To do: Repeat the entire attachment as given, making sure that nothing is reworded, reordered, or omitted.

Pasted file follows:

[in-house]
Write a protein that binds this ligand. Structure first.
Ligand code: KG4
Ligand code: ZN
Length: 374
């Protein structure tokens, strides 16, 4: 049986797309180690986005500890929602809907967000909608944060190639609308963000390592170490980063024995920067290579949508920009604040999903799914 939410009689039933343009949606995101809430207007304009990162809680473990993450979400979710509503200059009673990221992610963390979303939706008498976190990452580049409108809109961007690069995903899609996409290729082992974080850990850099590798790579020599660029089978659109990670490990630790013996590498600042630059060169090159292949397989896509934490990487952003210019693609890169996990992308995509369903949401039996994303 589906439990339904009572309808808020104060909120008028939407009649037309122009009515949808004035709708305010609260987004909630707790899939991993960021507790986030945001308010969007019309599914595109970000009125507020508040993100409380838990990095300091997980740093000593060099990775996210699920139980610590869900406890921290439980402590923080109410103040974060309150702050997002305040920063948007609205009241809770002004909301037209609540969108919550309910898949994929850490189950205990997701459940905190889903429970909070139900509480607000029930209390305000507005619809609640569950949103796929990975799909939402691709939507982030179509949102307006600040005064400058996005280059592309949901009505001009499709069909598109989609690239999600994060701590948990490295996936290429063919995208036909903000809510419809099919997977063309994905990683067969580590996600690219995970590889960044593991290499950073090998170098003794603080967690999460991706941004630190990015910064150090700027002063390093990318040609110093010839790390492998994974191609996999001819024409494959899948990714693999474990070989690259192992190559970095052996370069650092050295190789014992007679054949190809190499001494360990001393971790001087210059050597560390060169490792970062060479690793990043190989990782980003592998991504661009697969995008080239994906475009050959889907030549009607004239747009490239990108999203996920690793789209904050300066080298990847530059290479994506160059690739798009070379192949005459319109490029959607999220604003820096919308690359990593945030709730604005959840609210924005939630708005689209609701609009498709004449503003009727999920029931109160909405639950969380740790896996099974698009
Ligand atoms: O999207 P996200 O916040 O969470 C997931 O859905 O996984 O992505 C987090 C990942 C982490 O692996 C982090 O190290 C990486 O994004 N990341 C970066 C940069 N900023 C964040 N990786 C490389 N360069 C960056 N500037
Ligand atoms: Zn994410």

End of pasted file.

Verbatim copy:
[in-house]
Write a protein that binds this ligand. Structure first.
Ligand code: KG4
Ligand code: ZN
Length: 374
């Protein structure tokens, strides 16, 4: 049986797309180690986005500890929602809907967000909608944060190639609308963000390592170490980063024995920067290579949508920009604040999903799914 939410009689039933343009949606995101809430207007304009990162809680473990993450979400979710509503200059009673990221992610963390979303939706008498976190990452580049409108809109961007690069995903899609996409290729082992974080850990850099590798790579020599660029089978659109990670490990630790013996590498600042630059060169090159292949397989896509934490990487952003210019693609890169996990992308995509369903949401039996994303 589906439990339904009572309808808020104060909120008028939407009649037309122009009515949808004035709708305010609260987004909630707790899939991993960021507790986030945001308010969007019309599914595109970000009125507020508040993100409380838990990095300091997980740093000593060099990775996210699920139980610590869900406890921290439980402590923080109410103040974060309150702050997002305040920063948007609205009241809770002004909301037209609540969108919550309910898949994929850490189950205990997701459940905190889903429970909070139900509480607000029930209390305000507005619809609640569950949103796929990975799909939402691709939507982030179509949102307006600040005064400058996005280059592309949901009505001009499709069909598109989609690239999600994060701590948990490295996936290429063919995208036909903000809510419809099919997977063309994905990683067969580590996600690219995970590889960044593991290499950073090998170098003794603080967690999460991706941004630190990015910064150090700027002063390093990318040609110093010839790390492998994974191609996999001819024409494959899948990714693999474990070989690259192992190559970095052996370069650092050295190789014992007679054949190809190499001494360990001393971790001087210059050597560390060169490792970062060479690793990043190989990782980003592998991504661009697969995008080239994906475009050959889907030549009607004239747009490239990108999203996920690793789209904050300066080298990847530059290479994506160059690739798009070379192949005459319109490029959607999220604003820096919308690359990593945030709730604005959840609210924005939630708005689209609701609009498709004449503003009727999920029931109160909405639950969380740790896996099974698009
Ligand atoms: O999207 P996200 O916040 O969470 C997931 O859905 O996984 O992505 C987090 C990942 C982490 O692996 C982090 O190290 C990486 O994004 N990341 C970066 C940069 N900023 C964040 N990786 C490389 N360069 C960056 N500037
Ligand atoms: Zn994410």